2) Even if you don't want to replace the machine after 6 years, a battery replacement will still be approximately the same price. So, instead of paying $150 (that is much closer than $200) every 2 years, you'd be paying $150 every 6 years. On a PC, you'll be paying for annual anti-malware software that could cost $100 every year.

    3) Batteries in notebook PCs are noticeably inferior to what is in a MBP now. Most of them won't get half the battery life that a MBP would get. If they do, they have a bulky 9-cell battery that often increases their thickness and weight substantially. Not as portable. And you'll run into the same issue with a PC that you did with your older MBP. Their batteries don't have a longer lifespan, and are very similar in cost to a MBP battery. Yet, the new MBPs have batteries that last longer on a charge and have longer lifespan.

    Also, Apple is so closed that I can't trust any third party products for Apple.


    Why do you say this? I use multiple third-party products with my MBP, from a video adaptor to multiple external hard disks. There are reputable and trustworthy companies selling third-party batteries for older MBPs too.

    I think you'd be an idiot (your own words) to switch to a PC based on these concerns. But, you did ask for opinions. If you need any clarification, just ask.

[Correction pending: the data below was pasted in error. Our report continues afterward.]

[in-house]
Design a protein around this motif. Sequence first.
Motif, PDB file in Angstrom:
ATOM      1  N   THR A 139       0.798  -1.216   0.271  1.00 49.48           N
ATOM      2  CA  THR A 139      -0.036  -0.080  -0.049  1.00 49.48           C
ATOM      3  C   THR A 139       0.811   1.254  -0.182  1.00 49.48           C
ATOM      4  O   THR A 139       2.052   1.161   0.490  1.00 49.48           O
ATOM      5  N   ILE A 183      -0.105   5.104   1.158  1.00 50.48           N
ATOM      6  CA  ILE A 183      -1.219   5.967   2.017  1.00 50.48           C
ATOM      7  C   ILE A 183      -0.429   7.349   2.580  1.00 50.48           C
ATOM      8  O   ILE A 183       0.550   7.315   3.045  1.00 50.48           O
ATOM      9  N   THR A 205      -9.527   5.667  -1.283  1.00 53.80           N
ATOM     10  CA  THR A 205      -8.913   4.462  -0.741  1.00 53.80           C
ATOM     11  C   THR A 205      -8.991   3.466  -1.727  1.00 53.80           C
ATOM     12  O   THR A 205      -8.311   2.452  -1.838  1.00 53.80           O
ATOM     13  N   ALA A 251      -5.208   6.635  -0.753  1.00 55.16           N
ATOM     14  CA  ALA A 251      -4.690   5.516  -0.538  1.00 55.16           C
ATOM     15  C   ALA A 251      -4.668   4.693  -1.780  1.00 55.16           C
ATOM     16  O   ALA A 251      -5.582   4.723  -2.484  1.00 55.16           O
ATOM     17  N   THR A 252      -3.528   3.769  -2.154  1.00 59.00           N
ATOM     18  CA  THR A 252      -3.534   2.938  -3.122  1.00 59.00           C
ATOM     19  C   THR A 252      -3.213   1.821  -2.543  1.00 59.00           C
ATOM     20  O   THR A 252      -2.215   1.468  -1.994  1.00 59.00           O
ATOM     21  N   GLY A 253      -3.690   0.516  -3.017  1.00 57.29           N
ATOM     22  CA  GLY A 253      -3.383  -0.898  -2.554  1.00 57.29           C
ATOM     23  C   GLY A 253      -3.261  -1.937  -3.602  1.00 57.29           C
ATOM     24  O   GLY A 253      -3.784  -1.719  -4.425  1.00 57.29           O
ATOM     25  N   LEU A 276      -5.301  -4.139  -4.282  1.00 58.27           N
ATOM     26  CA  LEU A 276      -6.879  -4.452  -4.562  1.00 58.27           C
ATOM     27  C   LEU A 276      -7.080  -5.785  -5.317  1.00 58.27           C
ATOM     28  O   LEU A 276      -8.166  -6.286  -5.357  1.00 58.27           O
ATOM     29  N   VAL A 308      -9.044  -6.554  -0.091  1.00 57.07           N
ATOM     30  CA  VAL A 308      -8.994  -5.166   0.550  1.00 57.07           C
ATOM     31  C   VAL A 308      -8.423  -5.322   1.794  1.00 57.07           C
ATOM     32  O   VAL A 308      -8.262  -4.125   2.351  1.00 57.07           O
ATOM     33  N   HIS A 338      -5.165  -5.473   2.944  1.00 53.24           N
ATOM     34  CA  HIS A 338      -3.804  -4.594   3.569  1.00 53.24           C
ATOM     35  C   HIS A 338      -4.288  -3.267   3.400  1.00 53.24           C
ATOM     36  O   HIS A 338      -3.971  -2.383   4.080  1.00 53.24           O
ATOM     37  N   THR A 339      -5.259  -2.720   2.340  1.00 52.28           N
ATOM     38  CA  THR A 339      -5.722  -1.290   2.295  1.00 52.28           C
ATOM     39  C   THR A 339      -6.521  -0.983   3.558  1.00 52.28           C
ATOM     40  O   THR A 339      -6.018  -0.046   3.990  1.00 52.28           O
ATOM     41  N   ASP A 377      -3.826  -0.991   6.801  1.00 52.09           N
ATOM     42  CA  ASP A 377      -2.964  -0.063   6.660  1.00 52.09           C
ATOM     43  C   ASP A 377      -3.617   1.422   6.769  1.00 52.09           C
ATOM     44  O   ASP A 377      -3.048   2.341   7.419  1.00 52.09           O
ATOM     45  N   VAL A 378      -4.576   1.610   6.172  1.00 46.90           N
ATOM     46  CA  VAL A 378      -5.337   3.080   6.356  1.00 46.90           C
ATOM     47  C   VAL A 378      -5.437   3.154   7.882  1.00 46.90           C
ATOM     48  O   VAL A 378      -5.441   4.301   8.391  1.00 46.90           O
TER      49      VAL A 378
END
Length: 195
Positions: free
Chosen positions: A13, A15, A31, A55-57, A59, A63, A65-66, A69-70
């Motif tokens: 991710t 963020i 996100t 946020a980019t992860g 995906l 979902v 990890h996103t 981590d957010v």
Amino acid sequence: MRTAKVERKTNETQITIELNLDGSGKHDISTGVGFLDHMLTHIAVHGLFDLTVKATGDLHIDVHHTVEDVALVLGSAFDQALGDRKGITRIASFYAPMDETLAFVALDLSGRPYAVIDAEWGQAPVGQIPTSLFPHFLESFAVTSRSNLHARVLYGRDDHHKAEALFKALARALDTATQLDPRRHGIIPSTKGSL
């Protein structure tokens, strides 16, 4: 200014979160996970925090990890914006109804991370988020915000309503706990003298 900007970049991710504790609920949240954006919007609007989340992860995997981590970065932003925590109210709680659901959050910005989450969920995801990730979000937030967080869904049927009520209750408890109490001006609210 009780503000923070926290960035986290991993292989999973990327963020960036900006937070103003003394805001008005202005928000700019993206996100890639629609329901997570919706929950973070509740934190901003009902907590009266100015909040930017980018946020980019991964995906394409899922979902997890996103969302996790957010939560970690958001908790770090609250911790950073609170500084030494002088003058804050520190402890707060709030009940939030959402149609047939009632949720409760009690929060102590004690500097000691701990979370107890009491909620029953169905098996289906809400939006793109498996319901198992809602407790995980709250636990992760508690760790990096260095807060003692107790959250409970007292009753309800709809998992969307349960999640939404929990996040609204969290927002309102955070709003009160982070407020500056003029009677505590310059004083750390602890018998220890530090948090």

--Travis
  • GoodmorningNightmare Level 1 Level 1 (0 points)
    Thanks Travis A. What a quick response.

    It's good to know that the lifespan of the new battery is 3 times longer if I can trust what Apple says. I hear people complaining that the new battery does never last more than about 4 hours under normal circumstances.

    I'd checked the built-in battery for 17" costs $180. You are the first one who said that third party MBP batteries are trustworthy. Maybe I didn't research enough. Another question is, are batteries in all of notebook PCs really that inferior to those of MBPs?

    You are probably right. It may not be a good idea to switch to a pc just because of the battery issue. However, I really come to hate the way Apple treats the customer (Maybe I've just become anti-corporation?). I now want to know other options and other people's opinions. I'd like to ask anti-Mac/PC fans, but they don't even seem to know what an Macbook Pro is, based on my personal experiences of hearing them talk about mac.
  • Travis A. Level 6 Level 6 (14,970 points)